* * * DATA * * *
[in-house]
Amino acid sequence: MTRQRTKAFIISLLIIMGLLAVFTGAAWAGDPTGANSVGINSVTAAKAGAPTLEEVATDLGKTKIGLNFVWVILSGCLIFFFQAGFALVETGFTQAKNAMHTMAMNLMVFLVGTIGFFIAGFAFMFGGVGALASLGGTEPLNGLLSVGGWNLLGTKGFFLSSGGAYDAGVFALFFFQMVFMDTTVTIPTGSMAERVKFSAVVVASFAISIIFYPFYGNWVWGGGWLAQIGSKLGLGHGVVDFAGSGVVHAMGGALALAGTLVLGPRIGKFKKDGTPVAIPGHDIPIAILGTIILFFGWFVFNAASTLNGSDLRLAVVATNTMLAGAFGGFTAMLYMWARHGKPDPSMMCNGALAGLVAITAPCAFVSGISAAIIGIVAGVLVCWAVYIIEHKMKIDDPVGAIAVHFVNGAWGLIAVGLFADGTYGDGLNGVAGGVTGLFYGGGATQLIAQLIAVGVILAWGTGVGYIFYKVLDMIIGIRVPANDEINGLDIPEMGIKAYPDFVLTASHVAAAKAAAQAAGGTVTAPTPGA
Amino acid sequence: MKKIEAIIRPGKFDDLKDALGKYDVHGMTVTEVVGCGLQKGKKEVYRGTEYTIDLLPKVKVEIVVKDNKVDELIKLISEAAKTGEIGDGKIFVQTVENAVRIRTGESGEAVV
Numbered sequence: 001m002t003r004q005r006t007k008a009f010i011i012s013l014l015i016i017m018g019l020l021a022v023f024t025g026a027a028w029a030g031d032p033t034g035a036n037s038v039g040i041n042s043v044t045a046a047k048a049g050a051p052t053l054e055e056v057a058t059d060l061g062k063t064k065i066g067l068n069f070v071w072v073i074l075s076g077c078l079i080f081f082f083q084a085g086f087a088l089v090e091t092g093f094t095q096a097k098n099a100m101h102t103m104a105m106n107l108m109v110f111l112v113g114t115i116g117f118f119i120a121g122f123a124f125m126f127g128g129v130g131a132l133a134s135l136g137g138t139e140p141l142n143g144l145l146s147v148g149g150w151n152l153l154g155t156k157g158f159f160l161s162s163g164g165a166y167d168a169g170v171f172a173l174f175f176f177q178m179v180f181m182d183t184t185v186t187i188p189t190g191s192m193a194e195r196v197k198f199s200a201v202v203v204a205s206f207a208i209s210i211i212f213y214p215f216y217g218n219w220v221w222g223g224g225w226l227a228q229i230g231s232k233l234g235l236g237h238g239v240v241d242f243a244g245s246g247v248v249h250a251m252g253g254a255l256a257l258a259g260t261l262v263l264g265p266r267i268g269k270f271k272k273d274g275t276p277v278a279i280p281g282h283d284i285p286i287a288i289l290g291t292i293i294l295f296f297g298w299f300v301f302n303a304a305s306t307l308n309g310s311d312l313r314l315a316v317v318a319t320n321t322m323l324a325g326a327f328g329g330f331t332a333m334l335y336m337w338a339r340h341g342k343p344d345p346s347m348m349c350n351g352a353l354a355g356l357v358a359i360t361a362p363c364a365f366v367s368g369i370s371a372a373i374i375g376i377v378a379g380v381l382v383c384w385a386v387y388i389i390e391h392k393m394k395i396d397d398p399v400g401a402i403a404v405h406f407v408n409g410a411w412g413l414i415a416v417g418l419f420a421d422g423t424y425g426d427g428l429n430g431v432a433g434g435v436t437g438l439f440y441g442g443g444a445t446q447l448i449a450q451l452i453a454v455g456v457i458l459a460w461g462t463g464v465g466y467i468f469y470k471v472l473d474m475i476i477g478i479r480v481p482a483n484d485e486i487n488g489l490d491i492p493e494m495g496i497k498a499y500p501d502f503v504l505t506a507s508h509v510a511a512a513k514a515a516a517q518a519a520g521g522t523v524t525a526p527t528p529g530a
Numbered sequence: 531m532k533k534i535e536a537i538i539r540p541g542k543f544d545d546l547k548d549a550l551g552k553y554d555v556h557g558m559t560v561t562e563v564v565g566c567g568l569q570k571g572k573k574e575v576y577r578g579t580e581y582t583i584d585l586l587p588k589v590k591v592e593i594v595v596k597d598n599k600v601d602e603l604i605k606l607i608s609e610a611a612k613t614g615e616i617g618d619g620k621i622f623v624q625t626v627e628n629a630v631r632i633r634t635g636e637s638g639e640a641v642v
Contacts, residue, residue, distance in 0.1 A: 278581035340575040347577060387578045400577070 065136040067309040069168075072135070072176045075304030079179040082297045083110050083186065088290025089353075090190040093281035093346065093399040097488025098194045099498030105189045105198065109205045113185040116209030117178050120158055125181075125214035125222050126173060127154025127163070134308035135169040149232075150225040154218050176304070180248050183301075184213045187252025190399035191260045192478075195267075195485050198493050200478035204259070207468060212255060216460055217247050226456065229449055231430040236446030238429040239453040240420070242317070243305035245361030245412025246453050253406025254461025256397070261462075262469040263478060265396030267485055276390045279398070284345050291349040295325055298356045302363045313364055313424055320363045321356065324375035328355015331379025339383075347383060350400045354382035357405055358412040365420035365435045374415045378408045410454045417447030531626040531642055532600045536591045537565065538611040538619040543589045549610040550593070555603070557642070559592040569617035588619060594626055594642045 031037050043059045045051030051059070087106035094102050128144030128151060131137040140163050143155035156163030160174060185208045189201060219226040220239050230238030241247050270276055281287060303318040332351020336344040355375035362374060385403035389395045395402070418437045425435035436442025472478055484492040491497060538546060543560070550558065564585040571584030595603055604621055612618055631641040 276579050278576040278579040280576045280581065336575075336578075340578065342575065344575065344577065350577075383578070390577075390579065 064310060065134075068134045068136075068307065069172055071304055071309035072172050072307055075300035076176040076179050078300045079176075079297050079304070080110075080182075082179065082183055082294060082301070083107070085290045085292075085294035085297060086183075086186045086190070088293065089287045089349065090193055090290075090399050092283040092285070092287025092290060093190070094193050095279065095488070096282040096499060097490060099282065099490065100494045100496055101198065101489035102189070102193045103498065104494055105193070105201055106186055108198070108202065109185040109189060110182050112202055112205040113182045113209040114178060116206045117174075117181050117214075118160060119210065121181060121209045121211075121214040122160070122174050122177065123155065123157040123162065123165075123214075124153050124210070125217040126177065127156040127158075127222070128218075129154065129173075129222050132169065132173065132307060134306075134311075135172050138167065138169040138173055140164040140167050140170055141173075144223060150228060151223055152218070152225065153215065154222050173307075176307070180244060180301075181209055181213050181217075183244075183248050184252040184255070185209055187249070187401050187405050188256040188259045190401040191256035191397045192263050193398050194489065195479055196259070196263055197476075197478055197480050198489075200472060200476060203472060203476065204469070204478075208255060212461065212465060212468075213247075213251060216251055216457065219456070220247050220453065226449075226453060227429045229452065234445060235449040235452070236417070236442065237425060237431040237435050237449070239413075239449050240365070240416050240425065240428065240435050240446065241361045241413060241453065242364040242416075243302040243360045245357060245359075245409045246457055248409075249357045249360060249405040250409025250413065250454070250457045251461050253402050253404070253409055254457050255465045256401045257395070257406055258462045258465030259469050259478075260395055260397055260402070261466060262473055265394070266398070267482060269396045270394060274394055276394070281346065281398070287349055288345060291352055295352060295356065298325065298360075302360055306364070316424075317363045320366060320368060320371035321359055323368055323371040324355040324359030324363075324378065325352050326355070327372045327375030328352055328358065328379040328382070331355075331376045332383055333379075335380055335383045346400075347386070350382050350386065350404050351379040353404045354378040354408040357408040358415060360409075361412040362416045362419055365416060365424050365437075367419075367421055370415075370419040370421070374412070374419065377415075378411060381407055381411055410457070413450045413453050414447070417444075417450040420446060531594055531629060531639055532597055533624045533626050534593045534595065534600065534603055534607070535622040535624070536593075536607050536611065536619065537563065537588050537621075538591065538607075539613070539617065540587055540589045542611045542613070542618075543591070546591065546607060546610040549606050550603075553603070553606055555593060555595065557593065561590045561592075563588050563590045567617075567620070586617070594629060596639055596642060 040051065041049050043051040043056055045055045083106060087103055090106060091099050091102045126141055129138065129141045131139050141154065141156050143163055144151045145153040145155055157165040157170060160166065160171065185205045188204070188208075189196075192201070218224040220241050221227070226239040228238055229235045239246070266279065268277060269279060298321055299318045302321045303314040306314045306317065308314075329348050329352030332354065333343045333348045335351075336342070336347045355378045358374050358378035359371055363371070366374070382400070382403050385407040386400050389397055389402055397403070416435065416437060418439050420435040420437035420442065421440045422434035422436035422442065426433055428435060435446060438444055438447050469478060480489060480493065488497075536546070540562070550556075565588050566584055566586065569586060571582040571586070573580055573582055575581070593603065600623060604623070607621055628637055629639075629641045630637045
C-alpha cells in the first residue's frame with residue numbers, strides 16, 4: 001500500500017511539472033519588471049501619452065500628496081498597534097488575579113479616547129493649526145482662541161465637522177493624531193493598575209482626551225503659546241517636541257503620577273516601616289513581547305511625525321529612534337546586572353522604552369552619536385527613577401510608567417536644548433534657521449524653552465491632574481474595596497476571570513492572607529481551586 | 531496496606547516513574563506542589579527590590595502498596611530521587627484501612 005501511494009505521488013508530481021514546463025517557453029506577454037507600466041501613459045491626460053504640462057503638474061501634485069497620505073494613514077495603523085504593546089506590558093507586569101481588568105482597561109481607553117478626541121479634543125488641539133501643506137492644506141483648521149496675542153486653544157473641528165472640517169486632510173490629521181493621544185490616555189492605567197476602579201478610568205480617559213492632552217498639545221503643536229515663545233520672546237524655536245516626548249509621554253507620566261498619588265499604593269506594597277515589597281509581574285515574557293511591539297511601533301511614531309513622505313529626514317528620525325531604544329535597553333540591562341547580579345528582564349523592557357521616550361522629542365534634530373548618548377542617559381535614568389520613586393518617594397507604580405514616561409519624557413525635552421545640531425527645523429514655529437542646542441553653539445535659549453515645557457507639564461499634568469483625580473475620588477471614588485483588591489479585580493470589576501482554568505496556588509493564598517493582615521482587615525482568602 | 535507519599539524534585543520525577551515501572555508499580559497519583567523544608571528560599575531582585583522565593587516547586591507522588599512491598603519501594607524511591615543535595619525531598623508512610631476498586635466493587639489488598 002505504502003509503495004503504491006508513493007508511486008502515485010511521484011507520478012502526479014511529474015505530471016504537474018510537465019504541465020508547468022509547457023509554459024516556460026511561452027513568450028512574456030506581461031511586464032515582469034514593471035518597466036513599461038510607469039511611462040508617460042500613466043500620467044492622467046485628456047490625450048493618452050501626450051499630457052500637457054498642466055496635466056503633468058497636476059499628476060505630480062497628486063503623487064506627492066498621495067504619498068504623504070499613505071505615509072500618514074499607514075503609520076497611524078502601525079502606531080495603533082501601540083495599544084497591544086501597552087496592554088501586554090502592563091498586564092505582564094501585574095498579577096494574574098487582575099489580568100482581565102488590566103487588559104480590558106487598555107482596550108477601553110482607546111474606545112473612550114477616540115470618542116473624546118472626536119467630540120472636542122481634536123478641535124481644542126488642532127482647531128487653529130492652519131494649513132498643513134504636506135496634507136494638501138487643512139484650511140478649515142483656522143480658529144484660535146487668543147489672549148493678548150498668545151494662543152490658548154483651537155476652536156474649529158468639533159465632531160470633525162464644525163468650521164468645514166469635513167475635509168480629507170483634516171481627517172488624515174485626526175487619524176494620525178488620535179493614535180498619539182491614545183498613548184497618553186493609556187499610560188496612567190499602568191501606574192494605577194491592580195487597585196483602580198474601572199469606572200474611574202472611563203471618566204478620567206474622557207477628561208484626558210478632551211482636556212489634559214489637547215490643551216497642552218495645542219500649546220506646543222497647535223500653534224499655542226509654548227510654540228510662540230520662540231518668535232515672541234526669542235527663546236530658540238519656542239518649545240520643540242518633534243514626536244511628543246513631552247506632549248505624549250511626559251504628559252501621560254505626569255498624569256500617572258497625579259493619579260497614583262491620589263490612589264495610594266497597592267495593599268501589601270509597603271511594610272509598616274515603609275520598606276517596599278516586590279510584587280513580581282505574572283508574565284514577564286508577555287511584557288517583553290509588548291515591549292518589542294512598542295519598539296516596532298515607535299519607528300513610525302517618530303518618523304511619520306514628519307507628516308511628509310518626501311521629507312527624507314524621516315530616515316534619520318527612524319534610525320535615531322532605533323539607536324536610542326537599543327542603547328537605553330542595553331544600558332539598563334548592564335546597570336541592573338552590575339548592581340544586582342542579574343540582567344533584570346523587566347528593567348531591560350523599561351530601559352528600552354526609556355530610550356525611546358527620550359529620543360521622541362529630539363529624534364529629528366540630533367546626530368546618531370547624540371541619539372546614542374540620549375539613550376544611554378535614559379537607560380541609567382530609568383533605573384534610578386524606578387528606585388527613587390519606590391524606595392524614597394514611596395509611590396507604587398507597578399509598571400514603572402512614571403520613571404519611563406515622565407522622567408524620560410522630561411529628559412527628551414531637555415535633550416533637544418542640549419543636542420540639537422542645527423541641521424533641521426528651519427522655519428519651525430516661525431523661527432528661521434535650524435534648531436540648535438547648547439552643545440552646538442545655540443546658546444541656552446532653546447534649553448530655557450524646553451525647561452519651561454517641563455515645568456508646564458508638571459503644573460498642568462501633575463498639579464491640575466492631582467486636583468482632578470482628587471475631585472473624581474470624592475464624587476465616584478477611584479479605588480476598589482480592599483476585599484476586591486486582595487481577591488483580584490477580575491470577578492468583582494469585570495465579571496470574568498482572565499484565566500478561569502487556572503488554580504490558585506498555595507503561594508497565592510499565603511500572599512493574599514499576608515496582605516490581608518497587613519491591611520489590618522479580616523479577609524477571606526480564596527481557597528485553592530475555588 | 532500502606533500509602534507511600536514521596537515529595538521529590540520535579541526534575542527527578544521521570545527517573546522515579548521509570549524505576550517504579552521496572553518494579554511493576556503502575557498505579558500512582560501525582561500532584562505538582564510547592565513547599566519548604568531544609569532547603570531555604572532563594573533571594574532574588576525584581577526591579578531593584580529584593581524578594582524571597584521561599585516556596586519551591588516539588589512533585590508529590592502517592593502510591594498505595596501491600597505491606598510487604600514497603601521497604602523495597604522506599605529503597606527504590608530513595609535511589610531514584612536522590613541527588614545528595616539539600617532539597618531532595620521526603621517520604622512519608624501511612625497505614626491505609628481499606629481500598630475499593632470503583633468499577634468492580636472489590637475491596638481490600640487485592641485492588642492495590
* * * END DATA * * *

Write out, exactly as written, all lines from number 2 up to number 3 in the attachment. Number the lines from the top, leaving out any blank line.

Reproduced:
Amino acid sequence: MTRQRTKAFIISLLIIMGLLAVFTGAAWAGDPTGANSVGINSVTAAKAGAPTLEEVATDLGKTKIGLNFVWVILSGCLIFFFQAGFALVETGFTQAKNAMHTMAMNLMVFLVGTIGFFIAGFAFMFGGVGALASLGGTEPLNGLLSVGGWNLLGTKGFFLSSGGAYDAGVFALFFFQMVFMDTTVTIPTGSMAERVKFSAVVVASFAISIIFYPFYGNWVWGGGWLAQIGSKLGLGHGVVDFAGSGVVHAMGGALALAGTLVLGPRIGKFKKDGTPVAIPGHDIPIAILGTIILFFGWFVFNAASTLNGSDLRLAVVATNTMLAGAFGGFTAMLYMWARHGKPDPSMMCNGALAGLVAITAPCAFVSGISAAIIGIVAGVLVCWAVYIIEHKMKIDDPVGAIAVHFVNGAWGLIAVGLFADGTYGDGLNGVAGGVTGLFYGGGATQLIAQLIAVGVILAWGTGVGYIFYKVLDMIIGIRVPANDEINGLDIPEMGIKAYPDFVLTASHVAAAKAAAQAAGGTVTAPTPGA
Amino acid sequence: MKKIEAIIRPGKFDDLKDALGKYDVHGMTVTEVVGCGLQKGKKEVYRGTEYTIDLLPKVKVEIVVKDNKVDELIKLISEAAKTGEIGDGKIFVQTVENAVRIRTGESGEAVV